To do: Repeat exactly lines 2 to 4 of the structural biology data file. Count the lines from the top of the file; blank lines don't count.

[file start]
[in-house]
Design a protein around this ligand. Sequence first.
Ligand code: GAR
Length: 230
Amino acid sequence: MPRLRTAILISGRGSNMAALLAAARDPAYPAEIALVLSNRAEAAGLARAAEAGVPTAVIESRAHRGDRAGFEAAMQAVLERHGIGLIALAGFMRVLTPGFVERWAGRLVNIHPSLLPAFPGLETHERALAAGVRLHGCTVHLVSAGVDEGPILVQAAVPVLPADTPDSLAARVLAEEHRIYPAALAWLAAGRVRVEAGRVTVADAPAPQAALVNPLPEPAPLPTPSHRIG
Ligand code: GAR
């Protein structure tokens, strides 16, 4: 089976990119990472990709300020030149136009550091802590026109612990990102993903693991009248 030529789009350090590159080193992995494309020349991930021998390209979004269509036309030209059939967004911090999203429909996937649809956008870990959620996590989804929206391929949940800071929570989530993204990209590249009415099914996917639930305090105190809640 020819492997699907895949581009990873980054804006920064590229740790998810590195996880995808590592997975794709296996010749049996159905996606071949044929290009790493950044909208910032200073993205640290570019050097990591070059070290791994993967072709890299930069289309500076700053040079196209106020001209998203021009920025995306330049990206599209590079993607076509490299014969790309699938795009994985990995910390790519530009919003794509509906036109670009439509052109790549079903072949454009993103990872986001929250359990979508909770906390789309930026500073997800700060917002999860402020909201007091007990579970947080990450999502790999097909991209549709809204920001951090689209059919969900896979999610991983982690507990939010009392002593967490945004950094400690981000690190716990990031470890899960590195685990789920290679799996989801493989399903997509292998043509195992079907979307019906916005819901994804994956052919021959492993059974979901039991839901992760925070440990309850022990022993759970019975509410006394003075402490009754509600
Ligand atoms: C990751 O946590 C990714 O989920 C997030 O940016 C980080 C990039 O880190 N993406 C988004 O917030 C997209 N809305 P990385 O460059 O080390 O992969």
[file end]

Design a protein around this ligand. Sequence first.
Ligand code: GAR
Length: 230